The DEA announced this week that they would be removing CBD from Schedule I, which marks a landmark victory in the fight for cannabis legalization. What does this mean for the legalization movement, and the future of the cannabis industry?
The DEA announced their decision Thursday, stating “finished dosage formulations” of CBD with a THC percentage below 0.1% would now be considered Schedule V drugs, that is as long as they are approved by the FDA. That last part is very important because it does not necessarily include CBD tinctures or topicals that you buy at a dispensary, or ones that you make at home.
As of right now only one CBD drug has been approved by the FDA: Epidiolex, which is made by British pharmaceutical company GW Pharmaceuticals. One can make the argument that this is why CBD has been rescheduled in the first place. I know that’s certainly the argument that I am making. Nonetheless, progress is progress.
So, What does Rescheduling Mean?
Now that FDA approved CBD medications are being removed from Schedule I this means that physicians can now prescribe them to patients, which they could not before. Schedule I drugs are not seen as viable for medical use. Again, this is only one drug that doctors can now prescribe. Epidiolex is a very expensive drug ($32.5K buys you a year of treatment) and as such will not be an option to the general public. Most people will continue to buy their CBD from the dispensary.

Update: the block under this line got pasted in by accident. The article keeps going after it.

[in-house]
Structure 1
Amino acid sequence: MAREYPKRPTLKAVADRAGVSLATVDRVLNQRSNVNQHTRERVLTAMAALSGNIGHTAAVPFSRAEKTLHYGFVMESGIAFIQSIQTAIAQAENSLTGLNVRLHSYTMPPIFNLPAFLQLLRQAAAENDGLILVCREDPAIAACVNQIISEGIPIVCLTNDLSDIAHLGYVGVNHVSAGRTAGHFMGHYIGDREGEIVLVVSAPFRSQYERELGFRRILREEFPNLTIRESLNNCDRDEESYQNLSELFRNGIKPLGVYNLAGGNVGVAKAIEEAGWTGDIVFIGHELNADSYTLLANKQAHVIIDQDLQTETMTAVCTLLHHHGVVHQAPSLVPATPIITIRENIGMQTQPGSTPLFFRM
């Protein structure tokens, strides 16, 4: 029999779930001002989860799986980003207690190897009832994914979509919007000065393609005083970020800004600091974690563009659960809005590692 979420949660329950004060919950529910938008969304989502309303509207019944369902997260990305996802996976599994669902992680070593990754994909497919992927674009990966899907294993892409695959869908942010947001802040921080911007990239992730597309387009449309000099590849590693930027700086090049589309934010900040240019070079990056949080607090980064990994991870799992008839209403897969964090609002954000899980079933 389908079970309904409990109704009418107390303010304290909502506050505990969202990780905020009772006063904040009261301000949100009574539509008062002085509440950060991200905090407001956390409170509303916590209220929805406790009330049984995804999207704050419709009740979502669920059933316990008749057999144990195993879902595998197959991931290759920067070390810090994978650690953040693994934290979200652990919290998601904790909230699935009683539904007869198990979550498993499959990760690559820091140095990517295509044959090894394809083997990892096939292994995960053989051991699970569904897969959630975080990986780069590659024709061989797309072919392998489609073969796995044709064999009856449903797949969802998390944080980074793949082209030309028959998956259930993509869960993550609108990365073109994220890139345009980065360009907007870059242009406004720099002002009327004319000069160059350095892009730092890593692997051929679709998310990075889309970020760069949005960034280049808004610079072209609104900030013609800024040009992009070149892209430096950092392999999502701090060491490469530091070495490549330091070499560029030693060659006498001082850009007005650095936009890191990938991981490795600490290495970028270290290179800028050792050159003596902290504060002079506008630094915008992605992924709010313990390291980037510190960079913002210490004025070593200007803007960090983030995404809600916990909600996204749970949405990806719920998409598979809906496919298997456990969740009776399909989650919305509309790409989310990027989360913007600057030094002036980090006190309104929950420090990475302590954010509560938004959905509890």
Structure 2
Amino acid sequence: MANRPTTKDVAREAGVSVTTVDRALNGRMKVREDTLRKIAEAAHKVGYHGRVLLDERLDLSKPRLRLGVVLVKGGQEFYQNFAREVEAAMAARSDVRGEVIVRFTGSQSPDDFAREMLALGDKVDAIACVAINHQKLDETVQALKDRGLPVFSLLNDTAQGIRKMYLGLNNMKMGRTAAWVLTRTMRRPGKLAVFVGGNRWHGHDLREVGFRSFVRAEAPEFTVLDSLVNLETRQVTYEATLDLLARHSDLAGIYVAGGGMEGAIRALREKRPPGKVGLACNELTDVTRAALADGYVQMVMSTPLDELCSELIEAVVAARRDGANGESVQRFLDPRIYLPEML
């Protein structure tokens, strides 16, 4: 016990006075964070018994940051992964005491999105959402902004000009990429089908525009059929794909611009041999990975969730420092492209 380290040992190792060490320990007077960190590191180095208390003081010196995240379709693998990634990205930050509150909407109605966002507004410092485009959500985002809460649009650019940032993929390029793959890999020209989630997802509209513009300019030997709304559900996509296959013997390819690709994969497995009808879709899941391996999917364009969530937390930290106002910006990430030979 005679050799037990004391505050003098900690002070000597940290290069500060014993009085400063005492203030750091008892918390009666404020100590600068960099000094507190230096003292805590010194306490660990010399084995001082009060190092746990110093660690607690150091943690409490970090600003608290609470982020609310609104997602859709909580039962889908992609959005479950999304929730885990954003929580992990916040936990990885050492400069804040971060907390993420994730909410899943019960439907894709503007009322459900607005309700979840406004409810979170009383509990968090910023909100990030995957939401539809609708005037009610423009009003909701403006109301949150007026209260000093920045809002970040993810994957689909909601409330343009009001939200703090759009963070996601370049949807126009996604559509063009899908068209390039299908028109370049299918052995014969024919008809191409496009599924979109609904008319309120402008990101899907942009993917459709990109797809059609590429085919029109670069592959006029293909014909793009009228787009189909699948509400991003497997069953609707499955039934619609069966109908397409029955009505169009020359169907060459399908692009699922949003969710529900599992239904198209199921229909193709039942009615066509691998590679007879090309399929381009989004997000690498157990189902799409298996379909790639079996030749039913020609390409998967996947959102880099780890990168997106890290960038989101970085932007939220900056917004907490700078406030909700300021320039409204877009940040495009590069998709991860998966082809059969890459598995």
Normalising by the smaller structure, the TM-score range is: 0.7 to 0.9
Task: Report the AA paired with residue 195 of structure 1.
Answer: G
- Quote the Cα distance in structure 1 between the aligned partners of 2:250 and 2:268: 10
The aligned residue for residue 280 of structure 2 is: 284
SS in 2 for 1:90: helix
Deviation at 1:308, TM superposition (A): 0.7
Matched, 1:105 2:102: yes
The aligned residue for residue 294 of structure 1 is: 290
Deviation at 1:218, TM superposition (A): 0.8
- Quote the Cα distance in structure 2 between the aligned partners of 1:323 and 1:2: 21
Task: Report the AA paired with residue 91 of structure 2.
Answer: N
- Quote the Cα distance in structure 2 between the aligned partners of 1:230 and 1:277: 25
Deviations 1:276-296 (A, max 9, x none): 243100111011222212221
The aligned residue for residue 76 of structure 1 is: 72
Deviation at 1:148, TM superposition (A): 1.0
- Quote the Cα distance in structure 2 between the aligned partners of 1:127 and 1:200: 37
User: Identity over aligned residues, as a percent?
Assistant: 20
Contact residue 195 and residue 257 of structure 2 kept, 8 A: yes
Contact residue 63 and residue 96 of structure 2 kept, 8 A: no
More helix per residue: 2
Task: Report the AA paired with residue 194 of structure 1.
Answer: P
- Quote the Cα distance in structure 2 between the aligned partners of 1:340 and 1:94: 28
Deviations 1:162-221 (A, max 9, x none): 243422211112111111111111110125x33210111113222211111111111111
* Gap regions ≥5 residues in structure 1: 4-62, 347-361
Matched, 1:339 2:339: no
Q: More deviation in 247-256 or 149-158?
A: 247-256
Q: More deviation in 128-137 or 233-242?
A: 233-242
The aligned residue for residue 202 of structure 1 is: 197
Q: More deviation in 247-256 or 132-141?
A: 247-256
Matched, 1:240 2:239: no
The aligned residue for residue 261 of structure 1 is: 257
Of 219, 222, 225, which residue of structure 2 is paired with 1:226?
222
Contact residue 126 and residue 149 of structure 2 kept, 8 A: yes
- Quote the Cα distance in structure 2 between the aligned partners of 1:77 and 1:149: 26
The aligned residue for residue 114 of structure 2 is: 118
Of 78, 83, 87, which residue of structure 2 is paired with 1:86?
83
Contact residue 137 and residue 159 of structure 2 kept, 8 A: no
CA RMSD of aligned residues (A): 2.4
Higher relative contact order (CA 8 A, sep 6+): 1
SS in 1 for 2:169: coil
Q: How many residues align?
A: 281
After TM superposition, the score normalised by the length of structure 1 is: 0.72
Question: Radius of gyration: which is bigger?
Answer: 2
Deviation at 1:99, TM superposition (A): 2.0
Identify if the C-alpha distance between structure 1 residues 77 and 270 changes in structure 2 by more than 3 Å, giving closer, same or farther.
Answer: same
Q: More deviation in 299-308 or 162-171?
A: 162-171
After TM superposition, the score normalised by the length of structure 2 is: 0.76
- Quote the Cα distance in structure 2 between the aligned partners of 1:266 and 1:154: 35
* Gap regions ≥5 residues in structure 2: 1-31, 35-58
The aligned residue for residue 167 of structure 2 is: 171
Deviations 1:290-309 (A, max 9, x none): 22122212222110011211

That’s the downside. The good news is that if you are caught with CBD in a non legal state, cops are probably not going to care too much (disclaimer: please do not test this theory out). Even better news is that research on CBD will no longer be impossible to conduct. This could mean a lot for the reputation of cannabis as a medicine.
What This Means for the Future of Cannabis
Don’t get me wrong. This is a momentous occasion. This is the first time that the DEA has ever removed anything related to cannabis from Schedule I. This does not mean that the DEA is looking to remove THC cannabis from Schedule I anytime soon, but any amount of progress on this issue should portend well for the future.
One thing that will be interesting to watch is how CBD products that have not been approved by the FDA will be treated in both legal and nonlegal states. Another thing to consider is how this new ruling by the DEA will light a fire under the asses of medical states.
Source: Hemp Industry Daily
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Got anything to add? Will this change the way medical cannabis is looked at? Tell us in the comments below!